Maryland ballots for June primaries are finalized on the final day for candidate to file

Dozens of state, local and congressional candidates filed papers just ahead of Tuesday evening’s deadline to run in the June 24 Maryland primary, including one who added a surprise twist to the race for a Montgomery County Council seat.

There were no eleventh-hour surprises in the major statewide races. Lt. Gov. Anthony G. Brown, Attorney General Douglas F. Gansler and Del. Heather R. Mizeur (Montgomery) are competing for the Democratic gubernatorial nomination. Republican hopefuls include Del. Ronald A. George (Anne Arundel); Larry Hogan, a cabinet member under former governor Robert Ehrlich; and Charles County businessman Charles Lollar.

George on Tuesday became the last of the major candidates for governor to name a running mate — a prerequisite for filing for office. He selected former Frederick alderman Shelley Aloi. George also registered his intent to participate in the state’s public financing system, joining Mizeur and Hogan in opting into the system, which caps overall primary spending at about $2.5 million in exchange for the opportunity to receive public matching funds.

In the attorney general’s race, Del. C. William Frick (D-Montgomery), one of four Democratic candidates, withdrew around 8 p.m. and filed for re-election instead in District 16.

That left Del. Jon S. Cardin (D-Baltimore County), Del. Aisha N. Braveboy (D-Prince George’s) and Sen. Brian E. Frosh (D-Montgomery) seeking the Democratic nomination to succeed Gansler.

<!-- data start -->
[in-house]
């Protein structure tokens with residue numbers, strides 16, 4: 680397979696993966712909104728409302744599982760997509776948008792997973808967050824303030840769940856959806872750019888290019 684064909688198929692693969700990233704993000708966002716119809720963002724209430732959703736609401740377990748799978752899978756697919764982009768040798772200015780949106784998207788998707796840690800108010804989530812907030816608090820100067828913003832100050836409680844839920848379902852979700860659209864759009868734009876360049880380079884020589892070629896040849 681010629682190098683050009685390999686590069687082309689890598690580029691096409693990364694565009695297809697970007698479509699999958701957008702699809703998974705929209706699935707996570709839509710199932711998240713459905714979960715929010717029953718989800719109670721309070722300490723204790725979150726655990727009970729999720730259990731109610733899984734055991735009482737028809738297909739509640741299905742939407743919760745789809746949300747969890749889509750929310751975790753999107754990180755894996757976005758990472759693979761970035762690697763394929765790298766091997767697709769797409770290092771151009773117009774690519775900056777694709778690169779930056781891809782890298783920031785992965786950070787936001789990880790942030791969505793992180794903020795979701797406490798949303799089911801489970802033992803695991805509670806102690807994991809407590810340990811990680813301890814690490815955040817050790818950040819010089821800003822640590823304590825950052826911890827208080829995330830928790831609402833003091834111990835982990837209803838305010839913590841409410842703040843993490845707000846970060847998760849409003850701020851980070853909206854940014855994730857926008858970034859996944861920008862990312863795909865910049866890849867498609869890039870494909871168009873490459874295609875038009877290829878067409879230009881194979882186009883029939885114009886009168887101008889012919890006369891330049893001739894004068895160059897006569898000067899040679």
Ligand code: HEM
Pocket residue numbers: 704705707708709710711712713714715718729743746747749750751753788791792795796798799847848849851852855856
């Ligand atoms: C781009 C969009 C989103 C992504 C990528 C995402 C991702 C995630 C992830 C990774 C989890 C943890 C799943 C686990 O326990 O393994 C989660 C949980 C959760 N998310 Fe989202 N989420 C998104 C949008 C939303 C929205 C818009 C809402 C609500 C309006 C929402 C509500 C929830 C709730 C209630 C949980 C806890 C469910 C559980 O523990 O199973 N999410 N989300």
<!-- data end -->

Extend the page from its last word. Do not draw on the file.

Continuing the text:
One surprise Tuesday night was the filing for her old office by former Del. Tiffany Alston (D-Prince George’s), who was removed from her seat in 2012 in connection with a theft case. Alston arrived at the State Board of Elections at 8:40 p.m., 20 minutes before the deadline.

She said “a lot of unfinished business” remains in her district and that many of her constituents have urged her to run again. Alston said the convictions in her case have been stricken. She was initially charged with stealing $800 from the General Assembly to pay an employee of her law firm.

In Montgomery, the two men who have held the county executive’s office for the past 20 years — two-term incumbent Isiah Leggett and Doug Duncan, his three-term predecessor — will compete for the Democratic nomination along with County Council member Phil Andrews (D-Rockville-Gaithersburg). Jim Shalleck, a Montgomery Village attorney and former New York prosecutor, is unopposed for the Republican nomination.

Prince George’s County Executive Rushern L. Baker III (D) remained unopposed in his primary campaign for a second term.

Another unexpected development Tuesday was the return to the campaign trail of former Montgomery Council member Duchy Trachtenberg, who filed as a candidate in District 1 against incumbent Roger Berliner (D-Potomac-Bethesda), who had been unopposed.

Trachtenberg held an at-large seat on the council from 2006 to 2010 before losing to Hans Riemer in the Democratic primary. Public employee unions targeted her for defeat because of her opposition to pay increases she regarded as unsustainable.